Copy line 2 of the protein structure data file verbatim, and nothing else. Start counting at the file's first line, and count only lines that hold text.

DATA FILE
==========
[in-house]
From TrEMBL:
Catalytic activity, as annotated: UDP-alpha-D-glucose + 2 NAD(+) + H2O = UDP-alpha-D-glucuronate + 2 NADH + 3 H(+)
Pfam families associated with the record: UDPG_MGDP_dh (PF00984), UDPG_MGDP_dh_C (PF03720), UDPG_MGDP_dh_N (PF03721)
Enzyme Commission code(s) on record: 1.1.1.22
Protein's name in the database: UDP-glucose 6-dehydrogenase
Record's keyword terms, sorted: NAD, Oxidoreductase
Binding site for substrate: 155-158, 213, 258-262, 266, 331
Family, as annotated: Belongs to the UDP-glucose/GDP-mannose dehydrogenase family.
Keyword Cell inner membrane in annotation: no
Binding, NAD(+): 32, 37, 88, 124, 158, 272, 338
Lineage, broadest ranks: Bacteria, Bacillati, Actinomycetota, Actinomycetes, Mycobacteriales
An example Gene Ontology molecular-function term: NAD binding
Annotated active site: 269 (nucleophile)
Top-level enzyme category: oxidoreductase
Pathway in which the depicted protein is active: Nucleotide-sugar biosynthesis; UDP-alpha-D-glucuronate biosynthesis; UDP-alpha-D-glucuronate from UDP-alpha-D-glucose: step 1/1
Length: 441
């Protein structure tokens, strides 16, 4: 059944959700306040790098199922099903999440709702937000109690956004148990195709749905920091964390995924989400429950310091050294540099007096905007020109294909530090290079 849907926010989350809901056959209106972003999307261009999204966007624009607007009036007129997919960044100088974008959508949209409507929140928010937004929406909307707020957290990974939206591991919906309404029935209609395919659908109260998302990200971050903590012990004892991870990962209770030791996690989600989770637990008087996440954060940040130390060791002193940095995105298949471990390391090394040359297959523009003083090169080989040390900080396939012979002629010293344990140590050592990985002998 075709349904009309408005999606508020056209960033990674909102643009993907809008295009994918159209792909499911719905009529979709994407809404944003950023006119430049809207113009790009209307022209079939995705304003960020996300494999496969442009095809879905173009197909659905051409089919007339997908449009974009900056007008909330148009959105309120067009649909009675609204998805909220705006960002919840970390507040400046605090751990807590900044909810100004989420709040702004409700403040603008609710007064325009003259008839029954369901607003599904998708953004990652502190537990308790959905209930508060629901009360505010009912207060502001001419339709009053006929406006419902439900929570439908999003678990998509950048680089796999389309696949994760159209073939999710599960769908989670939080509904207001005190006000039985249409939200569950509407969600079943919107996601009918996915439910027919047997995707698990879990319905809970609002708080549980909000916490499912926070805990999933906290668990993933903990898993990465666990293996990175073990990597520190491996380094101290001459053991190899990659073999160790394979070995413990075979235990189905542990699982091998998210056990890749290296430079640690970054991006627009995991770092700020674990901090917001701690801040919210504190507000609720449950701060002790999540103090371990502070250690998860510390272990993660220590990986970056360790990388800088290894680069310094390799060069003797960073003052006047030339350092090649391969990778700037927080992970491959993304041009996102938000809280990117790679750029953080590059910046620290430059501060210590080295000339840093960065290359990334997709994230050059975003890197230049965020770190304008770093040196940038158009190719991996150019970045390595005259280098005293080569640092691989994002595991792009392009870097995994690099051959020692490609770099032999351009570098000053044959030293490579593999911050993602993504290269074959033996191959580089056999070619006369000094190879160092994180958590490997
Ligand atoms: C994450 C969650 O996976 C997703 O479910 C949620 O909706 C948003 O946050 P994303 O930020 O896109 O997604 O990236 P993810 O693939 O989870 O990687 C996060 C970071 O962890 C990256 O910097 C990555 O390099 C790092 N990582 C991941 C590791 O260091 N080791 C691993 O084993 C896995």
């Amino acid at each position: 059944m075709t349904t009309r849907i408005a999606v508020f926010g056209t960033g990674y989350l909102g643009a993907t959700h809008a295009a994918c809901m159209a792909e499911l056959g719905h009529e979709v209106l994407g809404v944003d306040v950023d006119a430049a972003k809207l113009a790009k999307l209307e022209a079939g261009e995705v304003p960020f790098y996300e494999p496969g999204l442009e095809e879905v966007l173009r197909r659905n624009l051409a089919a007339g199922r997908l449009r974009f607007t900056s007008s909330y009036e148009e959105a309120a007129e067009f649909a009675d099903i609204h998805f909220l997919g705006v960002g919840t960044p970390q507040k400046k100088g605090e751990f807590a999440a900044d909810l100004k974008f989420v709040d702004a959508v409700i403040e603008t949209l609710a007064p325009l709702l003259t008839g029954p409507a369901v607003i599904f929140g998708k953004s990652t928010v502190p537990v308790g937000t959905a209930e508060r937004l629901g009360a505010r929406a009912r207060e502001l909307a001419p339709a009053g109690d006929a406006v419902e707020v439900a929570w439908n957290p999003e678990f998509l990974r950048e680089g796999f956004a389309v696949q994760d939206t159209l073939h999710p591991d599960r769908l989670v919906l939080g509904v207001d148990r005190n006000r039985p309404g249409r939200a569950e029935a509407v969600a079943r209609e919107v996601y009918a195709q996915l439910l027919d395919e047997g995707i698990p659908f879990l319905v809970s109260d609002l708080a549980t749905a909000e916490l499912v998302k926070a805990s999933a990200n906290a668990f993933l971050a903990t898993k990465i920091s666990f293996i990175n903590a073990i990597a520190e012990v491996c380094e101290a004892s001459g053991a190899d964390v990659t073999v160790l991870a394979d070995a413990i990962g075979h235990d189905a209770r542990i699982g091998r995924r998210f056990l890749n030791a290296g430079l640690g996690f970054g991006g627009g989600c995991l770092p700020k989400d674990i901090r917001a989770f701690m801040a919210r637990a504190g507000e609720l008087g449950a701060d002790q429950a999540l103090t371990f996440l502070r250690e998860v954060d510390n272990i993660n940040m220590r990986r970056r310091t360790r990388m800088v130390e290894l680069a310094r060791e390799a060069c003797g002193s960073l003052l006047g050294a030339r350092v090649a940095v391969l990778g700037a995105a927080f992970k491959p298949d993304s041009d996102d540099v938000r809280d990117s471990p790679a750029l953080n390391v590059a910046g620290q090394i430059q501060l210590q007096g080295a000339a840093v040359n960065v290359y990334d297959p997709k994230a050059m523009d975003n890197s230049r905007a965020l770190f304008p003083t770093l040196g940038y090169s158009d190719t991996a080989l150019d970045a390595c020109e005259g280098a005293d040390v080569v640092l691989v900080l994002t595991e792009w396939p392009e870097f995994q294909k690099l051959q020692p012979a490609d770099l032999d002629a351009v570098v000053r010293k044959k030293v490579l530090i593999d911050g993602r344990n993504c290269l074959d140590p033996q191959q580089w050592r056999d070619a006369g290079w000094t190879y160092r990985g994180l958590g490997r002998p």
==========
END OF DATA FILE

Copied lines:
From TrEMBL: